Updated: 12/13/2019

Molluscum Contagiosum

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Snapshot
  • PhotoA 30-year-old man presents to his primary care clinic for a new rash. He reports that the rash appeared about a week ago and is easily irritated. His history includes multiple sexually transmitted infections, intravenous drug use, and past incarcerations. On physical exam, he has dozens of 5-15 mm pink or flesh-colored papules and plaques with central umbilication. Some are erythematous, as if someone had scratched or rubbed at the lesions. He is immediately sent to the laboratory for further workup for causes of immunosuppression.
Introduction
  • Clinical definition
    • painless and umbilicated cutaneous lesions caused by the molluscum contagiosum virus 
  • Epidemiology
    • incidence
      • up to 30% in patients with HIV
    • demographics 
      • school-aged children
        • most common
        • transmitted via physical contact with other children
      • adolescents and young adults
        • transmitted via sexual contact and can present as genital lesions
      • immunocompromised individuals
        • transmitted via physical or sexual contact
    • risk factors
      • atopic dermatitis
      • immunocompromise
  • Etiology
    • molluscum contagiosum virus
      • an enveloped DNA poxvirus 
  • Pathogenesis
    • the molluscum contagiosum virus is transmitted via
      • autoinoculation
      • physical and sexual contact from an infected person
    • after the virus invades epidermal cells, it proliferates and creates lobulated epidermal growths
  • Associated conditions
    • if patient has genital molluscum
      • may be associated with other sexually transmitted infections
    • in adult
      • may be an indicator of HIV 
  • Prognosis
    • lesions resolve spontaneously within 9 months
    • no scarring
Presentation
  • Symptoms
    • primary symptoms
      • usually asymptomatic
      • may have pruritus and/or tenderness
  • Physical exam
    • immunocompetent patients
      • single or grouped lesions
      • .1-1 cm papules with central umbilication
        • pearly
        • flesh-colored
      • location
        • trunk
        • extremities
        • head
        • neck
        • genitals
    • immunocompromised patients
      • > 30 lesions
      • > 1 cm lesions
      • lesions on the eyelid
Studies
  • Dermatoscope exam
    • central umbilication
  • Biopsy
    • indications
      • confirmation of diagnosis if clinical diagnosis is uncertain
  • Histology
    • central umbilication
    • molluscum bodies
      • Henderson-Patterson bodies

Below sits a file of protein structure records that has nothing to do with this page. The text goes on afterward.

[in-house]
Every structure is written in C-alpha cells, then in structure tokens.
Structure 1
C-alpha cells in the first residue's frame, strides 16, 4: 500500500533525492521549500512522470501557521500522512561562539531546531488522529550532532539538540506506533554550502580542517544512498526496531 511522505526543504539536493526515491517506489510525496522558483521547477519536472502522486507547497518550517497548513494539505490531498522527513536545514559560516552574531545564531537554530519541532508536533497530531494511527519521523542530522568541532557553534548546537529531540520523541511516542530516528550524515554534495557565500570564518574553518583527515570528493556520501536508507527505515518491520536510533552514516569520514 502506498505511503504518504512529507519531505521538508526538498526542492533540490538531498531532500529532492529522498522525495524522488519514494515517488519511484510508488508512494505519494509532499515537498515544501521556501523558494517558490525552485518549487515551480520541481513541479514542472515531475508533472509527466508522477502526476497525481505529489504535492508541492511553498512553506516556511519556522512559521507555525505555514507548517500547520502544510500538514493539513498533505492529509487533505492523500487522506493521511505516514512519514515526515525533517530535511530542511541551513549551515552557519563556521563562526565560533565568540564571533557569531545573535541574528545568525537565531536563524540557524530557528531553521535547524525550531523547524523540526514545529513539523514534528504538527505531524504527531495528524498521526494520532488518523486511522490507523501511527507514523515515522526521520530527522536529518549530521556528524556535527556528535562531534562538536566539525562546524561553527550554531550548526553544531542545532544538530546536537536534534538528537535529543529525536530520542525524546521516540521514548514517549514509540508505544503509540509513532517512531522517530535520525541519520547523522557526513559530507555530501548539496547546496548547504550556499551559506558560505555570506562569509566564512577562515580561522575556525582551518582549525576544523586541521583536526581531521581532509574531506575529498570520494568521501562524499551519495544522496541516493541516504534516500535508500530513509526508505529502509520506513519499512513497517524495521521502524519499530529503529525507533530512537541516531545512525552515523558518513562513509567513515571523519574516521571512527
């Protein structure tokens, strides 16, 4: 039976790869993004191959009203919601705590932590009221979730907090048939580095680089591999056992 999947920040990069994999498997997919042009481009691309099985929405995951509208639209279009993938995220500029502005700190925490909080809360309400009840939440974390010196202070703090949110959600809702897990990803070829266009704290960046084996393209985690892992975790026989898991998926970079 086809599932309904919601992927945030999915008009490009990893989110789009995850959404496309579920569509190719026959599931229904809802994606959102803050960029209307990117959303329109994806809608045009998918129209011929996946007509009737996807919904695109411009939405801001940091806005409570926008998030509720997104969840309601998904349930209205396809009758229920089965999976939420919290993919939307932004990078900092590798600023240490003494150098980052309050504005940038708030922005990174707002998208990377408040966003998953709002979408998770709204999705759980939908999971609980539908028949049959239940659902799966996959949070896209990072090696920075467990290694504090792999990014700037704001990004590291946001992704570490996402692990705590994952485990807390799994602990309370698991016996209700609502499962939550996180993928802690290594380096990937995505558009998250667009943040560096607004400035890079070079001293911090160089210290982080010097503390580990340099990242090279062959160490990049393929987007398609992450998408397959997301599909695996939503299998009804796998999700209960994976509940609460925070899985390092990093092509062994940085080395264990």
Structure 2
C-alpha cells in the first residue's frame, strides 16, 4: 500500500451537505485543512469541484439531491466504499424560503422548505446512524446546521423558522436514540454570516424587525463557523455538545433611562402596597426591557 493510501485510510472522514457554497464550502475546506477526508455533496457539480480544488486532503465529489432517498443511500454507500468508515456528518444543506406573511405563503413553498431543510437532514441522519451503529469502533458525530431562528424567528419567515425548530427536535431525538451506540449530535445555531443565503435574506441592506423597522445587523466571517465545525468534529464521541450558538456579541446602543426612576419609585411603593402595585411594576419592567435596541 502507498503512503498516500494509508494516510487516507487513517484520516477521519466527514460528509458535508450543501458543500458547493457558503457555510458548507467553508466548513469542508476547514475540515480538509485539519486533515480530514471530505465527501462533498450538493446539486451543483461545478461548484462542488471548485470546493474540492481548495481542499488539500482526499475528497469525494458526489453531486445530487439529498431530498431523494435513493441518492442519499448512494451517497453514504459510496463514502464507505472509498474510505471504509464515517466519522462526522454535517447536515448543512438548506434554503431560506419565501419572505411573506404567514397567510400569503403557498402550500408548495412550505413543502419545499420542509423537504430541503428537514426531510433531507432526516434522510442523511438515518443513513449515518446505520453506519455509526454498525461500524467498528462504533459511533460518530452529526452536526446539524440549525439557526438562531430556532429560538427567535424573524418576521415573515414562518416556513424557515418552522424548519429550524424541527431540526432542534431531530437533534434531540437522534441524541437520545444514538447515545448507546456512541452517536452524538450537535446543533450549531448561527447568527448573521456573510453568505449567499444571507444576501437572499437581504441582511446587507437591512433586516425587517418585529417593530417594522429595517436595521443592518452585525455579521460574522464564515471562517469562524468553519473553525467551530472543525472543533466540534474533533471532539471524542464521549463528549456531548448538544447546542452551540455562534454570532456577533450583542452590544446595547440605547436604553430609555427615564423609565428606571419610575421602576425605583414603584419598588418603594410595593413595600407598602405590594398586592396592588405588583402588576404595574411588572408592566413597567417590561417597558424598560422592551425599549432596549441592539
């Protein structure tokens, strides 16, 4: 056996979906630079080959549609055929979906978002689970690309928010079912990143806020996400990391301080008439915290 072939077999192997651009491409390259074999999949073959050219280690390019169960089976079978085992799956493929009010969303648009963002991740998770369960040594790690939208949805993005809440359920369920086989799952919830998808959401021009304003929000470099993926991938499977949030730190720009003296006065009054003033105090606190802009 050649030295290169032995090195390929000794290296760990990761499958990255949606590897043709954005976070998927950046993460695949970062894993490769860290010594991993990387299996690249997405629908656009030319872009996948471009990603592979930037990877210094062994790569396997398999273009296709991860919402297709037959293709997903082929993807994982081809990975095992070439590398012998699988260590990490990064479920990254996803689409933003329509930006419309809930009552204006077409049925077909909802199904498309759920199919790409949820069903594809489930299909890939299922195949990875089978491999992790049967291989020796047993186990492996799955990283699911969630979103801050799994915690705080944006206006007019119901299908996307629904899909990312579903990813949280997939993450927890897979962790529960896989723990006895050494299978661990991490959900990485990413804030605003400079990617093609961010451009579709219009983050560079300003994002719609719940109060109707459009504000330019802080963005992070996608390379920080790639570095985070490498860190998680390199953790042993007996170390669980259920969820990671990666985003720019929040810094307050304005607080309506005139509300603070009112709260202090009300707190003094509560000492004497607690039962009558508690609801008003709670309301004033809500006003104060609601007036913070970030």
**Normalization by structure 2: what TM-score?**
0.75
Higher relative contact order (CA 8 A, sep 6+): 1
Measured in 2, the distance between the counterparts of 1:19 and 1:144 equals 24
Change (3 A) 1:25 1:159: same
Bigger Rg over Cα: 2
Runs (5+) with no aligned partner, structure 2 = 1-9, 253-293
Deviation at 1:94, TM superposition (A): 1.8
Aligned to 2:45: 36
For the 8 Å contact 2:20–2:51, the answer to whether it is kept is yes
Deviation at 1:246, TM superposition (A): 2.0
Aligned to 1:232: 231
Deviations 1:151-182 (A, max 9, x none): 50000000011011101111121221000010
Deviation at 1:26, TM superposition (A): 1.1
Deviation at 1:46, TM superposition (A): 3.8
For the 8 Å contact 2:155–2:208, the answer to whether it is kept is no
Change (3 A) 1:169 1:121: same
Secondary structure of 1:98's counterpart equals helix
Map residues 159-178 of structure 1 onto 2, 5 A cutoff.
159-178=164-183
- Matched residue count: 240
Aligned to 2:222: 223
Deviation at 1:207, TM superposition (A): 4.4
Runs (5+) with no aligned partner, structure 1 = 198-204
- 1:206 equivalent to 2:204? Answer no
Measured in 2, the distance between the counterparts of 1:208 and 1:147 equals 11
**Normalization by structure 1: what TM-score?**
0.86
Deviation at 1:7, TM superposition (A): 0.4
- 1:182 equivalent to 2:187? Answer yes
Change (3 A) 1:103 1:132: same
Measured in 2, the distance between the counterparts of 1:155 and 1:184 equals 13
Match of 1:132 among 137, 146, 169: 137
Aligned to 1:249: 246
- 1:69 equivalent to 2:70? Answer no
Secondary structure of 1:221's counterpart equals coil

• large cells with granular eosinophilic cytoplasm, containing accumulated virions
  • Making the diagnosis
    • a clinical diagnosis
Differential
  • Chicken pox
  • Verruca vulgaris
  • Milia
Treatment
  • Management approach
    • treatment is usually not necessary as lesions resolve within 6-9 months
    • multiple first-line therapies are available and chosen based on shared-decision making by the physician and the patient or the patient's family
  • Medical
    • cryotherapy
      • indications
        • well tolerated in adolescents and adults
        • can be too painful for young children, especially with multiple lesions
    • topical podophyllotoxin 0.5% cream    
      • indication
        • ideal for genital lesions
    • cantharidin
      • indication
        • treatment is applied topically in the office and blistering occurs hours later
        • ideal for children with multiple lesions
  • Procedural
    • curretage
      • indication
        • well tolerated in adolescents and adults
        • can be too painful for young children, especially with multiple lesions
        • ideal for those who wish for more immediate resolution
Comlications
  • Secondary bacterial infection

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(M2.DM.13.4) A 9-year-old girl is brought to the pediatrician by her mother who is concerned about a new rash. Her daughter is otherwise feeling well, is up to date on vaccinations, and has not traveled recently. The family lives in an old apartment building. She is currently excelling in school and has many friends. Physical exam is notable for the finding in Figure A. Which of the following is the most likely diagnosis?

QID: 104215
FIGURES:
1

Human herpesvirus 6

14%

(3/21)

2

Human herpesvirus 8

0%

(0/21)

3

Paramyxovirus

14%

(3/21)

4

Parvovirus

62%

(13/21)

5

Poxvirus

10%

(2/21)

M 6 E

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